Concerns of diminishing fossil fuels and global warming have drawn worldwide attention to the development of renewable energy resources. Biomass is a promising alternative due to its abundancy, low cost, CO2 neutrality, and catalytic transformation to industrially valuable chemicals. Furfural is a platform molecule that serves as a biomass feedstock to produce multifunctional chemicals and fuel-like products through hydrogenation. Commercially, copper chromite-based catalysts selectively hydrogenate furfural to furfuryl alcohol. However, the toxicity of chromium and catalyst deactivation have inspired the development of a chromium-free system. Platinum group metals are known for high catalytic activity in hydrogenation reactions, though, rhodium remains understudied compared to platinum, palladium, and ruthenium. Furthermore, literature shows bimetallic systems can further enhance the catalytic hydrogenation performance. Herein, we report the synthesis and characterization of rhodium-based monometallic and bimetallic catalysts. Experimental results show second metal modifiers, metal molar ratio, and solvent environment influence the activity of furfural hydrogenation.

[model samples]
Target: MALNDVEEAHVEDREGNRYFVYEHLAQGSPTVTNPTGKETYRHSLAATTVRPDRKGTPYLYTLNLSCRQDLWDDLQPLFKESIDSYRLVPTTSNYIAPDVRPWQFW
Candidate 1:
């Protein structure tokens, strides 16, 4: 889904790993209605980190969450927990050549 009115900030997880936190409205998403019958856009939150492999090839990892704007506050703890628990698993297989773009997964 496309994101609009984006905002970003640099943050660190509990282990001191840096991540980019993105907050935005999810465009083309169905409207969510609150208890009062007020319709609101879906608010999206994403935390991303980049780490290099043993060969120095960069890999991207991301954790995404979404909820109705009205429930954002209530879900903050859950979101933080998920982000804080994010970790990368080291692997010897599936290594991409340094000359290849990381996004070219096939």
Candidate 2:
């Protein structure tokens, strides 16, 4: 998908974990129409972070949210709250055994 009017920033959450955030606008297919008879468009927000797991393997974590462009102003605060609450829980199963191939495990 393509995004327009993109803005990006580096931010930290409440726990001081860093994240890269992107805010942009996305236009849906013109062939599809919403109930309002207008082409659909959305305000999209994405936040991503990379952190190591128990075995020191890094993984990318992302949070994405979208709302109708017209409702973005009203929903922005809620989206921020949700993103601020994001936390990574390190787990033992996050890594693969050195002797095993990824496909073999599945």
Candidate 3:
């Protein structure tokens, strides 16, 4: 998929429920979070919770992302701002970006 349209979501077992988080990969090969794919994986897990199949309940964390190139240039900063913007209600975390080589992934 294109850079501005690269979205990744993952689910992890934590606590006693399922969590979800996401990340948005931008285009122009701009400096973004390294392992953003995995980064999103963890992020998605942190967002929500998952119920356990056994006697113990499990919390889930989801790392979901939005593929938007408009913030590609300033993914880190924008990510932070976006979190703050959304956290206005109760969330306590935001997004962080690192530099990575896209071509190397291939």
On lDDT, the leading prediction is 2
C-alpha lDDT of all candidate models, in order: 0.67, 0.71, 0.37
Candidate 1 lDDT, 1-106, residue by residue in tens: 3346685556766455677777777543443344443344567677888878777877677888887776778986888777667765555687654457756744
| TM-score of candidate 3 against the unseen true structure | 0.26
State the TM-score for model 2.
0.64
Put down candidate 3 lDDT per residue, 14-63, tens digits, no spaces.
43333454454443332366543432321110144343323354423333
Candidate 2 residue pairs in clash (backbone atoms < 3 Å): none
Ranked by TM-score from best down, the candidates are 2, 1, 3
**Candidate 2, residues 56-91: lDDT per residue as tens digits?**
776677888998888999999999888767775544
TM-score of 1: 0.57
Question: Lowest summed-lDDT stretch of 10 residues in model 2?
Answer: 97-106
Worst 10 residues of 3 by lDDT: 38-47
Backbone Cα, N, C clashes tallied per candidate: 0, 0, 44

|Contributor||Alexander Mukasyan, Committee Member|
|Contributor||Jason Hicks, Research Director|
|Contributor||Paul McGinn, Committee Member|
|Contributor||Bill Schneider, Committee Member|
|Contributor||Casey O'Brien, Research Director|
|Degree Level||Master's Thesis|
|Degree Discipline||Chemical and Biomolecular Engineering|
|Degree Name||Master of Science in Chemical Engineering|
|Departments and Units|
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